Reflections in a Golden Eye Reviews

  • Oct 26, 2020

    This film is not perfect for execution drama and maybe It isn´t similar like the original book but when I see Marlon Brando like a gay who probably he was and Elisabeth Taylor making her own real life drinking and doing herself actions after filming Cleopatra I think I´ve seen on the screen something better than the real life. P.S: Sorry about my english

    This film is not perfect for execution drama and maybe It isn´t similar like the original book but when I see Marlon Brando like a gay who probably he was and Elisabeth Taylor making her own real life drinking and doing herself actions after filming Cleopatra I think I´ve seen on the screen something better than the real life. P.S: Sorry about my english

  • Sep 01, 2020

    A drama that depressed and seemed to try to force scandal in a place that doesn't matter. Contrived.

    A drama that depressed and seemed to try to force scandal in a place that doesn't matter. Contrived.

  • Feb 12, 2020

    A financial flop praised by Ebert, Reflections in a Golden Eye is a stagnant drama of affairs featuring a sexually repressed military leader played by Marlon Brando and his sexually promiscuous wife played by Liz Taylor. The main theme is repression and it's over-symbolized through horseback riding and comically obvious innuendos. When Taylor's Leonora is feeling overwhelmed, taking the horse out and "riding herself" is the only thing that helps. She even literally takes the horse out as cover for her affair with Brian Keith's Lt. Col. Langdon. Langdon has the most palatable storyline in my opinion. His wife Alison (Julie Harris) lost attraction to him after he was unable to comfort her when they lost their baby in childbirth before the film begins. This storyline handles the idea of repression with lovely nuances. We see Alison develop an affinity for Anacleto (Zorro David) whose feminine and joyful personality is in direct contrast to her husband's traditional masculinity. In another layed plot point, the Lt. Col. comes home looking for affection after witnessing Leonora's violent revenge taken on Brando's Maj. Penderton. I found this to be a much more believable and creative expression of sexual frustration than the overused (and obvious) symbolism of Pvt. Williams riding bareback buck naked through the forest while Maj. Penderton's homosexual repression causes him to stare like Homer Simpson eyeing a donut. The symbol makes sense, but after the first scene it was understood. After the 4th/5th, it was a joke. Best not to beat a dead horse, Mr. Huston... Leonora doesn't like it when you beat horses. Ultimately if you want to watch a movie about sexual repression there's much more creative, more engrossing, and more entertaining options out there. Hell, 40-Year-Old Virgin has more nuanced symbolism.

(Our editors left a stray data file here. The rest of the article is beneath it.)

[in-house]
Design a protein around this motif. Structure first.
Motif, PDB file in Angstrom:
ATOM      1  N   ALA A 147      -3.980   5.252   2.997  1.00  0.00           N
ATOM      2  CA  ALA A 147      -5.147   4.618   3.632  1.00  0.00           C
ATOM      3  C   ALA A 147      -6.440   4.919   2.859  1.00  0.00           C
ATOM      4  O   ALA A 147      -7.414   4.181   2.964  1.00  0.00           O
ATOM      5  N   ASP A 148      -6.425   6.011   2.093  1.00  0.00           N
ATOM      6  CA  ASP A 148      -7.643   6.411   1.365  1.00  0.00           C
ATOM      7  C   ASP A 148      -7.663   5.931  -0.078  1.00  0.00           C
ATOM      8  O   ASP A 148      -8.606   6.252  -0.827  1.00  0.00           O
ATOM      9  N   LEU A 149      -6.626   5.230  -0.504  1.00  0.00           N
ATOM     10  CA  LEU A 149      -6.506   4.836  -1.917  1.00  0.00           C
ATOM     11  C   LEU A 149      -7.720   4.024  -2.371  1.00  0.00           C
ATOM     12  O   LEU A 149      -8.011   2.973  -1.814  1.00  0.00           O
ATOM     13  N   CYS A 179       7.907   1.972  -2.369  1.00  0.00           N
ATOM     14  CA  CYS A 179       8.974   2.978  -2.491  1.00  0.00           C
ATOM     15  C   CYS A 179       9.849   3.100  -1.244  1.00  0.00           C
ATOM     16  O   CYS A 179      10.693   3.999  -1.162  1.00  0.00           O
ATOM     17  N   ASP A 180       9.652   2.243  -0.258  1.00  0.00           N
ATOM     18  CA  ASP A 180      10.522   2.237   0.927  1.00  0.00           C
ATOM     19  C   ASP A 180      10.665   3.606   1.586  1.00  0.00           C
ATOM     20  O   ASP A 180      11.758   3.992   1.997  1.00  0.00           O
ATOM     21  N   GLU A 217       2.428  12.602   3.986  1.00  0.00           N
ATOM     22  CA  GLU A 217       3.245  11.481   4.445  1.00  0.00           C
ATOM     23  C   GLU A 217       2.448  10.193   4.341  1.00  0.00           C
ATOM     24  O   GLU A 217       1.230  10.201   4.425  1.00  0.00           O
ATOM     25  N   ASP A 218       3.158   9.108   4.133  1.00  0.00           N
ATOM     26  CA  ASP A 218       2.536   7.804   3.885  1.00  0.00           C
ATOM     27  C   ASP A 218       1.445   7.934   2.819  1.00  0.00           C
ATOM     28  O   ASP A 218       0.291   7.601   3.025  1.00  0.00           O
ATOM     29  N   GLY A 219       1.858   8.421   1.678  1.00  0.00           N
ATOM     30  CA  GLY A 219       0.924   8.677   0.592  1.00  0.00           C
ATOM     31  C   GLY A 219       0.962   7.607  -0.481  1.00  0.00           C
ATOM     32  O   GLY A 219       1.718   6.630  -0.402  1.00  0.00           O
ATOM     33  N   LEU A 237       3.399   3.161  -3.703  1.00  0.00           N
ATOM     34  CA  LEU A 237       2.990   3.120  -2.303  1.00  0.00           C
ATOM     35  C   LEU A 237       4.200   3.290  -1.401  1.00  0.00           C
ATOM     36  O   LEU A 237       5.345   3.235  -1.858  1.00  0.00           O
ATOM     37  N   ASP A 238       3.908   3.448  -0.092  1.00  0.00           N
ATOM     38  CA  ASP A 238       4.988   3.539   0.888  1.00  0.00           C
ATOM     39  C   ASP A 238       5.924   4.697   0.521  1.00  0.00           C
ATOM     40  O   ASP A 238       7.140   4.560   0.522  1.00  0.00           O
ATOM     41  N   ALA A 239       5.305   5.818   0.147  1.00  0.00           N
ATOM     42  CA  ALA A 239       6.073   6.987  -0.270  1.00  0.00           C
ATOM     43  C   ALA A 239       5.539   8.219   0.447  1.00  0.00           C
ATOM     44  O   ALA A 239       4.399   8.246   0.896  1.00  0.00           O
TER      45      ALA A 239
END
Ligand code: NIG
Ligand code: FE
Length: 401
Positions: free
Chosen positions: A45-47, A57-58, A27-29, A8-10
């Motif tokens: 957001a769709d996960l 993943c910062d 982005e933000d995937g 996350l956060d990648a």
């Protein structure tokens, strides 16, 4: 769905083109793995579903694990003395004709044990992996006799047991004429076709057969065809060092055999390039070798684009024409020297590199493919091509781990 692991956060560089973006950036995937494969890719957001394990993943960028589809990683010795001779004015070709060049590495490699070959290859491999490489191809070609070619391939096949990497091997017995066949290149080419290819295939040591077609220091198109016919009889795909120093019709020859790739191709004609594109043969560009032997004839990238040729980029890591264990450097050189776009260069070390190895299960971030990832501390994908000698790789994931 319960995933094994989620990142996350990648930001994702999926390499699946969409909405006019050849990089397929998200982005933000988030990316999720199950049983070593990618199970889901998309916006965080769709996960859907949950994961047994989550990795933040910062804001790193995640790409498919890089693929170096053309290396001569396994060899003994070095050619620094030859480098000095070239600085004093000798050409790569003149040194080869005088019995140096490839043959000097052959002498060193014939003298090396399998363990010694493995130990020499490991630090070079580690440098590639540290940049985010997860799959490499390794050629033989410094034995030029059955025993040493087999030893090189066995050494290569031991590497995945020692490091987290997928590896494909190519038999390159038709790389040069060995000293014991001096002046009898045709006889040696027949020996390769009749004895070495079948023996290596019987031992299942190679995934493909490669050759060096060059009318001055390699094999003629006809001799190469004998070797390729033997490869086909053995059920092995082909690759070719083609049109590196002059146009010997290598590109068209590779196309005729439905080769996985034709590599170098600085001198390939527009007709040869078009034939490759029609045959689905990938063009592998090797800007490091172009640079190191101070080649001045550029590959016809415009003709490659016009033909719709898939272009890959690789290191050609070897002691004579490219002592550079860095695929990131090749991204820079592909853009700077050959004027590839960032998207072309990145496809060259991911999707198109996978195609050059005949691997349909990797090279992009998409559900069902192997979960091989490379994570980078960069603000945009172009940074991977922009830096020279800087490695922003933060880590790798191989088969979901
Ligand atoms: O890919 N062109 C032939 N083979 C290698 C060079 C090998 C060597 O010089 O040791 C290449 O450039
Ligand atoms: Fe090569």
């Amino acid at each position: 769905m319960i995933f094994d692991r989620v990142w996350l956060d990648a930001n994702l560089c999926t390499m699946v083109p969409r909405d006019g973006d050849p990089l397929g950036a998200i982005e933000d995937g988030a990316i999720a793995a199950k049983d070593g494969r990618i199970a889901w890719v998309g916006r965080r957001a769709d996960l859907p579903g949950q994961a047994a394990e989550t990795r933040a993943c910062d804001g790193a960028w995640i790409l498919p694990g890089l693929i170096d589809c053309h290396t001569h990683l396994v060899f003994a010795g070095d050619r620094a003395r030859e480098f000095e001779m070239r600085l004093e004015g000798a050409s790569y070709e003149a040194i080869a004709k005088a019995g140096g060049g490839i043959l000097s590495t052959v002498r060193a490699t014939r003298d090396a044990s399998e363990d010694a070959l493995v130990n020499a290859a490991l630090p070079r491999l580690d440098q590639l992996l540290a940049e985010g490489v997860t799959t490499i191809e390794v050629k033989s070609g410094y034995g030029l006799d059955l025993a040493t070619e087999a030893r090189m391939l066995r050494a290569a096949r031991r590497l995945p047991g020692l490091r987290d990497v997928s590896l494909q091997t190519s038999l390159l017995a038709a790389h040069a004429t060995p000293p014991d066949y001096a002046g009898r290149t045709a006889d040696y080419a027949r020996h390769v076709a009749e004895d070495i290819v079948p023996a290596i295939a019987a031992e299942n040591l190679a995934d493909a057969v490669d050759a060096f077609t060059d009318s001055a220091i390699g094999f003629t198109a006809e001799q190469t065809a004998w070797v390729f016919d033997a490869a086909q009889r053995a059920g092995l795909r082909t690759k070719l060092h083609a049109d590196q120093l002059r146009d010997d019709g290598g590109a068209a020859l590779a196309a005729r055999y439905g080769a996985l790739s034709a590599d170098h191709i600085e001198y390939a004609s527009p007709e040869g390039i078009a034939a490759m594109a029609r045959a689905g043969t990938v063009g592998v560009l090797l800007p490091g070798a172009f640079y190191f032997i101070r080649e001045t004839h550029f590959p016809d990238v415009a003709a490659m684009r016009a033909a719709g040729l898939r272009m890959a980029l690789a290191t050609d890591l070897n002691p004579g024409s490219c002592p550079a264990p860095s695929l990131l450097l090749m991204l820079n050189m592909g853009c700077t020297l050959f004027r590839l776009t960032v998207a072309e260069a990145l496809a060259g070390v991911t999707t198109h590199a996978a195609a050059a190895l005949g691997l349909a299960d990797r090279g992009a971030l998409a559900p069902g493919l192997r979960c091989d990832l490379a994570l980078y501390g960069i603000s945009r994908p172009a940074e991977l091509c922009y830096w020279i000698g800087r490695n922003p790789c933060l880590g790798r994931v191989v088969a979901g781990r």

A financial flop praised by Ebert, Reflections in a Golden Eye is a stagnant drama of affairs featuring a sexually repressed military leader played by Marlon Brando and his sexually promiscuous wife played by Liz Taylor. The main theme is repression and it's over-symbolized through horseback riding and comically obvious innuendos. When Taylor's Leonora is feeling overwhelmed, taking the horse out and "riding herself" is the only thing that helps. She even literally takes the horse out as cover for her affair with Brian Keith's Lt. Col. Langdon. Langdon has the most palatable storyline in my opinion. His wife Alison (Julie Harris) lost attraction to him after he was unable to comfort her when they lost their baby in childbirth before the film begins. This storyline handles the idea of repression with lovely nuances. We see Alison develop an affinity for Anacleto (Zorro David) whose feminine and joyful personality is in direct contrast to her husband's traditional masculinity. In another layed plot point, the Lt. Col. comes home looking for affection after witnessing Leonora's violent revenge taken on Brando's Maj. Penderton. I found this to be a much more believable and creative expression of sexual frustration than the overused (and obvious) symbolism of Pvt. Williams riding bareback buck naked through the forest while Maj. Penderton's homosexual repression causes him to stare like Homer Simpson eyeing a donut. The symbol makes sense, but after the first scene it was understood. After the 4th/5th, it was a joke. Best not to beat a dead horse, Mr. Huston... Leonora doesn't like it when you beat horses. Ultimately if you want to watch a movie about sexual repression there's much more creative, more engrossing, and more entertaining options out there. Hell, 40-Year-Old Virgin has more nuanced symbolism.

  • Aug 04, 2019

    See the full-color print of this film. The yellow and purple original release is hard on the eyes and serves no purpose other than to make you frustrated. Read the novel or a good synopsis of the plot first as well. This will make all the "silences" of the movie, in which you are supposed to make sense of everything, make sense.